Could bitcoin become Greece’s next official currency? Probably Not.

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Greece is on the verge of being booted out of the Eurozone, and potentially even the European Union itself. Its EU creditors, the IMF, numerous analysts, heck even Greece’s own central bank has acknowledged this. If Greece is shown the door, the country will find itself in need of a new currency, and some within the bitcoin community are speculating that bitcoin could actually become the country’s next currency.

But before we jump to any dramatic conclusions, however, let’s take a deep breath. Bitcoin is arguably the world’s best non-government backed currency, and for good reason. The system was designed from the ground up to protect against inflation by limiting supply, isn’t subject to the frequent financial mismanagement of governments, and is highly anonymous, among other things.

All of these strengths, however, doesn’t mean that bitcoin is ideal for a national currency. The lack of government control makes bitcoin perfect for people looking for an alternative to government-backed currencies. For a government, however, this lack of control could turn out to be a huge problem.

Indeed, one of Greece’s biggest problems right now is that it lacks control over the euro. If Greece controlled its own currency, market fluctuations would adjust the value of its currency to the overall performance of the country. Countries that are struggling generally suffer from weak currencies, which then make it easier for countries to export goods because exchange rates make it cheaper for foreign countries to purchase goods. Increased exports can then bolster economic growth and help struggling countries get back up on their feet.

This is a simplification of some very complex trends and tendencies in global finance, but you get the point: markets are often capable of self-adjustment. One of the principle problems currently being faced by Greece is the fact that its economy is tied to a currency that is also being used by Germany, France, and other country’s with stronger economies.

Long story short, Greece has been suffering from economic contraction, but is tied to a strong currency that is being bolstered by the stable economies found in Germany and the rest of the Eurozone. This makes it more difficult for the euro to adjust to Greece’s economic weakness.

Likewise, bitcoin will never be beholden to national level occurrences in Greece, or anywhere else for that matter. This is great for bitcoin investors, who don’t have to worry about their wealth being tied to any national government and the policies of often dysfunctional political systems.

For Greece, however, if the country adopted bitcoin as its currency, it wouldl find itself facing a similar challenge as it does with the euro. The country will be tied to a currency that is not linked to its own fiscal policies and economic performance. This will essentially rule out any market-based currency adjustments, making it difficult for Greece to be in charge of its own economic destiny.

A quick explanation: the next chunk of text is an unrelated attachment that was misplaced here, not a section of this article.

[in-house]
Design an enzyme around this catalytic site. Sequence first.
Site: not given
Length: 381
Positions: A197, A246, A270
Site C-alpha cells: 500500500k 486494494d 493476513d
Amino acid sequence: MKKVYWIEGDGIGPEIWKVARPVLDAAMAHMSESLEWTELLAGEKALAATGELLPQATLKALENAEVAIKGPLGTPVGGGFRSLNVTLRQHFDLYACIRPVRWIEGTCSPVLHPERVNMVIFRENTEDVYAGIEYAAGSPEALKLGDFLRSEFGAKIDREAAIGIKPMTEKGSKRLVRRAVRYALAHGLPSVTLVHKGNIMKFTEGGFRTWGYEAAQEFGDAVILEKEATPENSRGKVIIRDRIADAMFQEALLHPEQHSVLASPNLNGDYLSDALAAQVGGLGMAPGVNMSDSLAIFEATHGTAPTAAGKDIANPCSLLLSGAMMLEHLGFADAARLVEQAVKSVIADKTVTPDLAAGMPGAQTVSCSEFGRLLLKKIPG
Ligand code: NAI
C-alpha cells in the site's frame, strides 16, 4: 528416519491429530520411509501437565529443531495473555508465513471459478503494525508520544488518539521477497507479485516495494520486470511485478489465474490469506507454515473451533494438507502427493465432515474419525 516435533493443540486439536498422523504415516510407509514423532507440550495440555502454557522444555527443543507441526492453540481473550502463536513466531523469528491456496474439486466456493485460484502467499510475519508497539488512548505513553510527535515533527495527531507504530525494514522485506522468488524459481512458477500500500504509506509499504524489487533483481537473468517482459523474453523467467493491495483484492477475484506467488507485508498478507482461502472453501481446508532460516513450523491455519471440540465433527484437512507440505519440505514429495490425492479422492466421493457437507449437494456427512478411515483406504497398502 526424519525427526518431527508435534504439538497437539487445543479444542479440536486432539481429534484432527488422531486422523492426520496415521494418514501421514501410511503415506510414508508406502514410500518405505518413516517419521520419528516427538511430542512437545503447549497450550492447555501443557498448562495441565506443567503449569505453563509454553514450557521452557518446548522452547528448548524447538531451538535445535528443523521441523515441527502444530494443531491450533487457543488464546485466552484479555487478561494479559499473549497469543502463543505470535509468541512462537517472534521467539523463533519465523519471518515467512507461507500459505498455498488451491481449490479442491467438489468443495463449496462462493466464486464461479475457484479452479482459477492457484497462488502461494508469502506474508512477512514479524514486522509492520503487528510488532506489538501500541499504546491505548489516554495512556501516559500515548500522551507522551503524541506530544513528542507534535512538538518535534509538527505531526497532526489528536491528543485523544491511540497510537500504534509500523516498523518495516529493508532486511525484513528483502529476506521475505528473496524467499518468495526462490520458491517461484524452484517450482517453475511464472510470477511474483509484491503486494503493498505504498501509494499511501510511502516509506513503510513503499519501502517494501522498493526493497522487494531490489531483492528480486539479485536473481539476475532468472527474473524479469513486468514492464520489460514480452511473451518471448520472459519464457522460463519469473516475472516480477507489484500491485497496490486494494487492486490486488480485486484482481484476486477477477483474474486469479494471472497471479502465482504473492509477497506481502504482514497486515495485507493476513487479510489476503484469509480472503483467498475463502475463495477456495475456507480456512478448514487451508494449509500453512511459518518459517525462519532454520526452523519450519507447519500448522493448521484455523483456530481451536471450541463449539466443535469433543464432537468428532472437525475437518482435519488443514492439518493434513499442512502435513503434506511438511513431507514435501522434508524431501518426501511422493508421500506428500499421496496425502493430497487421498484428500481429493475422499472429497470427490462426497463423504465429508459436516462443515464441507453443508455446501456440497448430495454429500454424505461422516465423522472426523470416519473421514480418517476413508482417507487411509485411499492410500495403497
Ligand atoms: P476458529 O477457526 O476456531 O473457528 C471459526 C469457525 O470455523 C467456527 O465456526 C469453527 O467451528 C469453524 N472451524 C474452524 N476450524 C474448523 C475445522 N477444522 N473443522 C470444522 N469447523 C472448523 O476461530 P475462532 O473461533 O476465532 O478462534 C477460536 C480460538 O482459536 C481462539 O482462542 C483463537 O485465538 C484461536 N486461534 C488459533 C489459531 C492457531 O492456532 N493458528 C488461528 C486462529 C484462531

Should bitcoin users be offended that their currency isn’t up to snuff to be a national currency (or at least that I allege it isn’t)? Nope. Bitcoin isn’t meant to be a national currency, and it never should be. Following the increased mismanagement of national finances by various governments, the world needs a currency that transcends national-level politics, and bitcoin might just be the answer.

So if not bitcoin, what will happen if Greece leaves the Eurozone?

If Greece is kicked out of the Eurozone, the country will most likely issue its own national currency, probably under the moniker of “drachma.” The drachma was Greece’s currency up until 2002, when the euro came into circulation. If Greece exits the Eurozone, it will most likely issue its own national currency, rather than use bitcoin or any other currency.

If the exit does happen, by the way, bitcoin could enjoy a considerable bump. Some speculate that the Eurozone could collapse if Greece leaves. Others believe that the Eurozone will survive, but could be hit by an unprecedented wave of instability.

The more turbulence there is in global financial markets, the more attractive the government-free bitcoin will become. This is a different analysis for a different day, but it’s something every bitcoin investor should be aware of.

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Brian Booker

An international financial analyst and writer. He has consulted for the Malaysian government, various MNC's, and other organisations. He focuses on currencies, commodities, and emerging South East Asian markets.

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